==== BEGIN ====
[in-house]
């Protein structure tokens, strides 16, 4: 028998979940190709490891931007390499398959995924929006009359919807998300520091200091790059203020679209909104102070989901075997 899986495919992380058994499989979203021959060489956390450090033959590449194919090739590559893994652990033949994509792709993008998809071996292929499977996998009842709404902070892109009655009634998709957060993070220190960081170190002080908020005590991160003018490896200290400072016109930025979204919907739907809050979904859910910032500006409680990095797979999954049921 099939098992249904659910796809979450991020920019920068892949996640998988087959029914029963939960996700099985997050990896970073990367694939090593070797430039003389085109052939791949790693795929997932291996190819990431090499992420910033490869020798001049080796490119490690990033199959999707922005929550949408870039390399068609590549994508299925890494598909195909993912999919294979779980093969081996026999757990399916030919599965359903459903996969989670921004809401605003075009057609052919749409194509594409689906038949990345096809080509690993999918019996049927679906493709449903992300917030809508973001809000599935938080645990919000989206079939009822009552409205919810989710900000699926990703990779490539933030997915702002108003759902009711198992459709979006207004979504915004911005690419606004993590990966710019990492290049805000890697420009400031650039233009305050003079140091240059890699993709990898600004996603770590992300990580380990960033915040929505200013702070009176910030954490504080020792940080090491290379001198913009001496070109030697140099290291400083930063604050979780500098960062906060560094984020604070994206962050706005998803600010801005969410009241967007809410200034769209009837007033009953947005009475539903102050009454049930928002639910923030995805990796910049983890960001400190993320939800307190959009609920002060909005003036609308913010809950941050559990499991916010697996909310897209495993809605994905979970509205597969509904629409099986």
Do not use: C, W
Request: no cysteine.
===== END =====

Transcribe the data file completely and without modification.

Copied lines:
[in-house]
């Protein structure tokens, strides 16, 4: 028998979940190709490891931007390499398959995924929006009359919807998300520091200091790059203020679209909104102070989901075997 899986495919992380058994499989979203021959060489956390450090033959590449194919090739590559893994652990033949994509792709993008998809071996292929499977996998009842709404902070892109009655009634998709957060993070220190960081170190002080908020005590991160003018490896200290400072016109930025979204919907739907809050979904859910910032500006409680990095797979999954049921 099939098992249904659910796809979450991020920019920068892949996640998988087959029914029963939960996700099985997050990896970073990367694939090593070797430039003389085109052939791949790693795929997932291996190819990431090499992420910033490869020798001049080796490119490690990033199959999707922005929550949408870039390399068609590549994508299925890494598909195909993912999919294979779980093969081996026999757990399916030919599965359903459903996969989670921004809401605003075009057609052919749409194509594409689906038949990345096809080509690993999918019996049927679906493709449903992300917030809508973001809000599935938080645990919000989206079939009822009552409205919810989710900000699926990703990779490539933030997915702002108003759902009711198992459709979006207004979504915004911005690419606004993590990966710019990492290049805000890697420009400031650039233009305050003079140091240059890699993709990898600004996603770590992300990580380990960033915040929505200013702070009176910030954490504080020792940080090491290379001198913009001496070109030697140099290291400083930063604050979780500098960062906060560094984020604070994206962050706005998803600010801005969410009241967007809410200034769209009837007033009953947005009475539903102050009454049930928002639910923030995805990796910049983890960001400190993320939800307190959009609920002060909005003036609308913010809950941050559990499991916010697996909310897209495993809605994905979970509205597969509904629409099986």
Do not use: C, W
Request: no cysteine.